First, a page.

Between 2006 and 2008 Berger owned 50% of the Scuderia Toro Rosso Formula One team. In 2008 Red Bull became the 100% owner of Toro Rosso having bought back the 50% stake it sold to Berger two years before.

Hans-Joachim Stuck

Hans-Joachim Stuck (born 1 January 1951), nicknamed "Strietzel", is a German racing driver who has competed in Formula One and many other categories.

Hans Binder

Hans Binder (born 12 June 1948 in Zell am Ziller, Innsbruck) is an Austrian former Formula One driver who raced for the Ensign, Wolf, Surtees and ATS teams.

He won the European Formula Ford Championship in 1972 and moved into Formula 2 in 1976. During this year he raced at his home Grand Prix and the Japanese GP. In 1977 he moved to the Surtees team and also raced three times for ATS. He then returned to Surtees before the end of the season. In 1978 he failed to qualify for his home Grand Prix with ATS before disappearing from the Formula One scene.

His brother Franz was also a racing driver, and his nephew René started competing in the IndyCar Series in 2018.

Hans Heyer

Hans Heyer (born 16 March 1943) is a German racing driver who mainly raced touring cars, being popular with the fans for his rather funny style. He is better known for actions and antics during his single attempt at Formula One, the 1977 German Grand Prix.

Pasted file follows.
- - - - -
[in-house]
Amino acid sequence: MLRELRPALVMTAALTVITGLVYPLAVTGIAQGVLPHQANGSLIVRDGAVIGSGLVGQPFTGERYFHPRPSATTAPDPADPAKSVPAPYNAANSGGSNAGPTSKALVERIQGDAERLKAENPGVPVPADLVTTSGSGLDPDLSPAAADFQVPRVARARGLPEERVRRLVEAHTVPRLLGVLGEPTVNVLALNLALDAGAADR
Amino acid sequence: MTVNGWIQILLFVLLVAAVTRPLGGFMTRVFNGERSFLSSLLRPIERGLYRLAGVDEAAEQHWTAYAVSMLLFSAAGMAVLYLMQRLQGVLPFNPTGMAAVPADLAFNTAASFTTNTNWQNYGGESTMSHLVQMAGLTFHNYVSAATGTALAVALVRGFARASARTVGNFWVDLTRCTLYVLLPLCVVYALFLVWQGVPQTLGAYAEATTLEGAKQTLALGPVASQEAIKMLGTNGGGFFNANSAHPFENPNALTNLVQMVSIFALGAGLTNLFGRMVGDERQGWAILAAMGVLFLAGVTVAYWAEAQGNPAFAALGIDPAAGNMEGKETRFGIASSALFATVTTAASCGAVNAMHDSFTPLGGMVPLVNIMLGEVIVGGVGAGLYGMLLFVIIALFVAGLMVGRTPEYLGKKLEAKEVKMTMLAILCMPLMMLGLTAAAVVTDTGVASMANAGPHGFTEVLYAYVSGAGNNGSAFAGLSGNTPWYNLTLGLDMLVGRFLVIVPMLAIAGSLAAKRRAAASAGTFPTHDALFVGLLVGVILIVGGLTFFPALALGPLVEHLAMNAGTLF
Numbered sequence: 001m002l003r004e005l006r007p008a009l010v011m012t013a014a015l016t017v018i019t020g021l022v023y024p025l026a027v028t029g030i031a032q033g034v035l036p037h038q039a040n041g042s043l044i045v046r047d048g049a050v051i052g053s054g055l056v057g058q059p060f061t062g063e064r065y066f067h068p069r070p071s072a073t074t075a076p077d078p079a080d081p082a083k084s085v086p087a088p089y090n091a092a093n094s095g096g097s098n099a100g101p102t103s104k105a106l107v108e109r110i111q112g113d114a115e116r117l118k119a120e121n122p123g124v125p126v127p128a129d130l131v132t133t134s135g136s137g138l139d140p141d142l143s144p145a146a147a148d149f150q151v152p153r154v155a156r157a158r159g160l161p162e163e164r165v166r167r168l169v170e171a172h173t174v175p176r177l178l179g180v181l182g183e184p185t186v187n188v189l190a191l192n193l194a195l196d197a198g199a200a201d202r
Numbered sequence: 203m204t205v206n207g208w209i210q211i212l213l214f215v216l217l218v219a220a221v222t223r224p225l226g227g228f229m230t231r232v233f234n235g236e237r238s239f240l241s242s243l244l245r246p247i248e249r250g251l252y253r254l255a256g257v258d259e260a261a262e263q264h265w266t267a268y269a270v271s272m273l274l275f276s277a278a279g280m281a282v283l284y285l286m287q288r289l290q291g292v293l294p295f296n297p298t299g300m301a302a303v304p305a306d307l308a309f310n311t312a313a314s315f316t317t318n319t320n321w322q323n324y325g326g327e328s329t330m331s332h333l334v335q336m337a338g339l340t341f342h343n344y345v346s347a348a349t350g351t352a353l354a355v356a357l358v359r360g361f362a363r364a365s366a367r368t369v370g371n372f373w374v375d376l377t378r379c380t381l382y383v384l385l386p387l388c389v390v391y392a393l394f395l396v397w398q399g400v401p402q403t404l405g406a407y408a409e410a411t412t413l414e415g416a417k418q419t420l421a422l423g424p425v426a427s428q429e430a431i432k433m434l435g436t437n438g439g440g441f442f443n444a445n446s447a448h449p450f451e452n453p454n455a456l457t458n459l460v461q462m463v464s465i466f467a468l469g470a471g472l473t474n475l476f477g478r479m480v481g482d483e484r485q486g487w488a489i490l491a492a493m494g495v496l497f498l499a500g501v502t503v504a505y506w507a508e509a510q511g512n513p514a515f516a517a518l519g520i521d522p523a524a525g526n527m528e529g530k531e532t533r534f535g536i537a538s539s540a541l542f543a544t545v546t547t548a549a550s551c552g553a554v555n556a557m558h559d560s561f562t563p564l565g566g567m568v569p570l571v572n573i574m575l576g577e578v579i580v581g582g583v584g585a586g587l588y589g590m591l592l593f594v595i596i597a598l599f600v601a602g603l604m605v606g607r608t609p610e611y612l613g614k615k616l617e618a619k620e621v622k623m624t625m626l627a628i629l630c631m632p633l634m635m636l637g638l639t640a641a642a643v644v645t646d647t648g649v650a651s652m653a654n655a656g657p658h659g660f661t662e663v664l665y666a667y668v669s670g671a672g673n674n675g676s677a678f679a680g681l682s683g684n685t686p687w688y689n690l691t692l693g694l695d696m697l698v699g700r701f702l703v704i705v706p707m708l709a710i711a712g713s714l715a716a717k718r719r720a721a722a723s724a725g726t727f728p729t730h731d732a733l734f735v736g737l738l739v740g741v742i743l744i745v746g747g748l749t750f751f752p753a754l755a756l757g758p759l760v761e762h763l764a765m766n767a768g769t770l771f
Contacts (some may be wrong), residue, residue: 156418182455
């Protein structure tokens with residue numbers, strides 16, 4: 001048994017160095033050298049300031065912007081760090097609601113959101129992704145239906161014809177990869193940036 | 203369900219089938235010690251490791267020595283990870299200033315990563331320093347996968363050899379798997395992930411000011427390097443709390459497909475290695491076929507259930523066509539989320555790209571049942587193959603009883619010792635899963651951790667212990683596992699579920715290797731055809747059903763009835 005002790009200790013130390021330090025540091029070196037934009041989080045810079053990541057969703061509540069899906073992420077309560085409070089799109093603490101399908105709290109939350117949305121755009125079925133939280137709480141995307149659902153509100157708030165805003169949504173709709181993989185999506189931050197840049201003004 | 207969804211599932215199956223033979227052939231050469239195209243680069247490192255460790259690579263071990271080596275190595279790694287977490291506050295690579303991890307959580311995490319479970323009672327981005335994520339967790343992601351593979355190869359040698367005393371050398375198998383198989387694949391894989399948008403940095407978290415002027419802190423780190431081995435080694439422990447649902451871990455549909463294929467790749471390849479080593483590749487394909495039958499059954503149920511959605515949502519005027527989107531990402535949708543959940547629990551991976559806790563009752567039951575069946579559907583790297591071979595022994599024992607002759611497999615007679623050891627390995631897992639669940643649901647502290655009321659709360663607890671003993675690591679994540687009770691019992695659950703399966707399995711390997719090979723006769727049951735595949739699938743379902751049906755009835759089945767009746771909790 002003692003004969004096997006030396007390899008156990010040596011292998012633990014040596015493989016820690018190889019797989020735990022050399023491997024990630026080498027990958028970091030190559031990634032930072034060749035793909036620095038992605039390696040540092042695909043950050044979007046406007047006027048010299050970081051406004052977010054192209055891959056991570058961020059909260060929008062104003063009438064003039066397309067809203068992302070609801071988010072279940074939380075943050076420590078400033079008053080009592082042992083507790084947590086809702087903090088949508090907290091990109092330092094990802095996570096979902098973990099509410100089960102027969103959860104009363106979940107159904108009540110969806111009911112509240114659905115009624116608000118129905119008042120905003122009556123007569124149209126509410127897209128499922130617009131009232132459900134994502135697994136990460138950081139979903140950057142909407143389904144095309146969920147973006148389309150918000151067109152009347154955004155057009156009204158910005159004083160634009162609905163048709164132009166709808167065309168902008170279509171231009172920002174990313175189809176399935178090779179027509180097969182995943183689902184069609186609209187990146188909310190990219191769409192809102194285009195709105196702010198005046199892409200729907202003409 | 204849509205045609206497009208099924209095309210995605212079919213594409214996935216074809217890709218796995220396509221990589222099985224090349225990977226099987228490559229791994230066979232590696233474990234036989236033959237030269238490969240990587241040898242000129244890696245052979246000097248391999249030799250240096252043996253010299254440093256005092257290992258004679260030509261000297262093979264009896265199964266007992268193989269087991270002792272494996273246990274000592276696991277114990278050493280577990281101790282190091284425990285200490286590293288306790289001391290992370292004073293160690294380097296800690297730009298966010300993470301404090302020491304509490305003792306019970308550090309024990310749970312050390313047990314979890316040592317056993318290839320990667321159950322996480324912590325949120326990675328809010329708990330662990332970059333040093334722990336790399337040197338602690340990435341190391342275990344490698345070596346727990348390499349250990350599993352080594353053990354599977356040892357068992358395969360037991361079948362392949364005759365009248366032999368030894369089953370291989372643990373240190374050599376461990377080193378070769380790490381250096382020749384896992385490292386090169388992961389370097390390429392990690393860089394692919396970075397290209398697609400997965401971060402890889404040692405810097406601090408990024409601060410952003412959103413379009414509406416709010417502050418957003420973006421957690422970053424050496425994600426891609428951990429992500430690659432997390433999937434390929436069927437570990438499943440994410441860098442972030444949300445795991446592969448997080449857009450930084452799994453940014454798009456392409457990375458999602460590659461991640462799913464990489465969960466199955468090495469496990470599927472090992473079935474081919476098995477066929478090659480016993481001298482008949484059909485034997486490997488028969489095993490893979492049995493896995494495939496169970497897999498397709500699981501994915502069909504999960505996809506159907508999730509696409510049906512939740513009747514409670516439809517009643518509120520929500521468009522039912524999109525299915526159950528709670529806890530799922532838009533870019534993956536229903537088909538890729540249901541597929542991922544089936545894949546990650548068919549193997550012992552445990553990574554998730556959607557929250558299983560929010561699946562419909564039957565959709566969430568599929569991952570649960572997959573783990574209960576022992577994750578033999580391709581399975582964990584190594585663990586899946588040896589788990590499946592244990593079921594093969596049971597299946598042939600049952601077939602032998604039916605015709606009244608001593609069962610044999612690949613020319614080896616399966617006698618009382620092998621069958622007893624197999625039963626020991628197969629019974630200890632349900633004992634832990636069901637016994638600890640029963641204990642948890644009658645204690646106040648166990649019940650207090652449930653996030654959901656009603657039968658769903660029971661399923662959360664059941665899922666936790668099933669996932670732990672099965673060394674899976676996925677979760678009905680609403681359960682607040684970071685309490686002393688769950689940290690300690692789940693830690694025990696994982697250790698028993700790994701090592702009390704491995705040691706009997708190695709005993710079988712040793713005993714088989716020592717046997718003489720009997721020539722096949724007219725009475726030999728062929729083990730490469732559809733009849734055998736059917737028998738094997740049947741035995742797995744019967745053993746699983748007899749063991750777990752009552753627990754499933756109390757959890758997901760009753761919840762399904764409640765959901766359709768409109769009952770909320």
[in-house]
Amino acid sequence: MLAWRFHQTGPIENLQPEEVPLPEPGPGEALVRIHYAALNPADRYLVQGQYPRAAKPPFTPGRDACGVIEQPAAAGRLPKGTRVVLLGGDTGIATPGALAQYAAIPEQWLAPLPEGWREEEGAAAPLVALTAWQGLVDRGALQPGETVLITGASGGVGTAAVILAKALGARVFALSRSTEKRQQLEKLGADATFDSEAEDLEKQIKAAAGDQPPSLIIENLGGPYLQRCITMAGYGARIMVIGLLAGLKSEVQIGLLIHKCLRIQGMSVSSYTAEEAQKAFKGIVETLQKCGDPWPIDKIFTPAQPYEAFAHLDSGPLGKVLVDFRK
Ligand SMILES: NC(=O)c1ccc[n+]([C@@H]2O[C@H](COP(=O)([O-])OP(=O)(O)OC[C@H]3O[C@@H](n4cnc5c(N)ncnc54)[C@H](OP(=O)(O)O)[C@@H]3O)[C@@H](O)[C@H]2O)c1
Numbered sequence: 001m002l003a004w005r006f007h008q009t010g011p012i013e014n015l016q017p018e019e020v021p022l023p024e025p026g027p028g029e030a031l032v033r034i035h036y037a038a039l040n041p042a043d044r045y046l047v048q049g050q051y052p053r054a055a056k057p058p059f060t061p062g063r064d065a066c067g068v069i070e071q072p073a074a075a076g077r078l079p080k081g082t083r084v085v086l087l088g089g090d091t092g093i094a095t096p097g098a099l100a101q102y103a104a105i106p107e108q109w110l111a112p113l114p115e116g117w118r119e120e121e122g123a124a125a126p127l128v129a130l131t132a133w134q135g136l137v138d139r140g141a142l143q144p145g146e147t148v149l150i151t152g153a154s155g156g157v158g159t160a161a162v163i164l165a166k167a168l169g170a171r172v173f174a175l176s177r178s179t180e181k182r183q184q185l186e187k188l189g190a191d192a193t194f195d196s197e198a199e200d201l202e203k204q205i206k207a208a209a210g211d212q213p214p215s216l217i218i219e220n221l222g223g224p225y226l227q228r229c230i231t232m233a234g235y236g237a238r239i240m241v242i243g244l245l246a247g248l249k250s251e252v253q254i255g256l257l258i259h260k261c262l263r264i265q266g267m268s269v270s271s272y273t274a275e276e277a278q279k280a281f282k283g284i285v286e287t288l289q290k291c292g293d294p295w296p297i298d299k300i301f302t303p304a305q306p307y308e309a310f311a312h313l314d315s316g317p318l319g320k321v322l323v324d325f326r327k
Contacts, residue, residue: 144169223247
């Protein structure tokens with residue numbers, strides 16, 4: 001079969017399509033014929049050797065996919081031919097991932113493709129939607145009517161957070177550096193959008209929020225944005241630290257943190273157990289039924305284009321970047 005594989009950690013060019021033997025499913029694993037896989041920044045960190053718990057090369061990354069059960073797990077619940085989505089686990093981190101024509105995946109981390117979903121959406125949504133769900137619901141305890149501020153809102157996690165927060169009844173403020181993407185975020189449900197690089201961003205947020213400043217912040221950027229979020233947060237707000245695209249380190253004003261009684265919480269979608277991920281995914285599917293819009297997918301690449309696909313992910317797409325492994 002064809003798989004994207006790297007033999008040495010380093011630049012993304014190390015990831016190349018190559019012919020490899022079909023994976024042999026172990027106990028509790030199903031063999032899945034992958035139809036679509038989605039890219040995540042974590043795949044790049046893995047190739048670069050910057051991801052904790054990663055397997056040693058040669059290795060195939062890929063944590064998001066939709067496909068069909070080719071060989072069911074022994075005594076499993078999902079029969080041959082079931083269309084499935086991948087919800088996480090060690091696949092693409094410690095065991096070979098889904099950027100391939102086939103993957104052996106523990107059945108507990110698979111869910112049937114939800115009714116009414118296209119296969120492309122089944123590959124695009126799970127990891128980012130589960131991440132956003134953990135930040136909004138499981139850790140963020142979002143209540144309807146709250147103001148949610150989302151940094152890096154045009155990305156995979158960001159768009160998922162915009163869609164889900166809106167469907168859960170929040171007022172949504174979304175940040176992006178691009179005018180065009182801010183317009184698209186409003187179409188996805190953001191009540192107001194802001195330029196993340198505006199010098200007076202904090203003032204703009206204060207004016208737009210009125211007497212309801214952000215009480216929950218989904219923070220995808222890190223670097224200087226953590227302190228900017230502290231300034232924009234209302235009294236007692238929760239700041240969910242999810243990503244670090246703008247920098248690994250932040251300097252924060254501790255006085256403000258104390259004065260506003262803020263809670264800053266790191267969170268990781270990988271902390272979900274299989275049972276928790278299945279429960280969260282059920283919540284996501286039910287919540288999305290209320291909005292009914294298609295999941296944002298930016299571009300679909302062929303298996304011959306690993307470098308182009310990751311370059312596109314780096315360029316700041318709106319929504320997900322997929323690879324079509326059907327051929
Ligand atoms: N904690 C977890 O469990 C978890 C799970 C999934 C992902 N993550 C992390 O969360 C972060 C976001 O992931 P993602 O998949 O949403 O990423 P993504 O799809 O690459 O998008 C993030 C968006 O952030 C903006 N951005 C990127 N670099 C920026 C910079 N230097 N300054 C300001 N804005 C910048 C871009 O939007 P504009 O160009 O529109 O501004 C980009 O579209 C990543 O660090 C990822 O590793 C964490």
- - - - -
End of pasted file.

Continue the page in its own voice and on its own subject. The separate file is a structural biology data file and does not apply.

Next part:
Very unusual for his Western German origin, Heyer's sign is his so-called Tirolerhut, a hat from Tyrol or Bavaria which would fit better to drivers from these Alpine regions, like Hans-Joachim Stuck or Niki Lauda.

Harald Ertl

Harald Ertl (31 August 1948 – 7 April 1982) was an Austrian racing driver and motorsport journalist. Ertl was born in Zell am See and attended the same school as Grand Prix drivers Jochen Rindt and Helmut Marko.

Ertl sported an impeccable Inspector Clouseau-style moustache and beard. Basically a journalist, he worked his way through the German Formula Vee and Super Vee, and then on to Formula Three, before a successful switch to Touring Cars. During this period, he gained sufficient sponsorship to enter Formula One, where he drove with various outfits between 1975 and 1980. Ertl is probably best remembered as one of the four drivers who helped to get Niki Lauda out of his burning Ferrari in the 1976 German Grand Prix.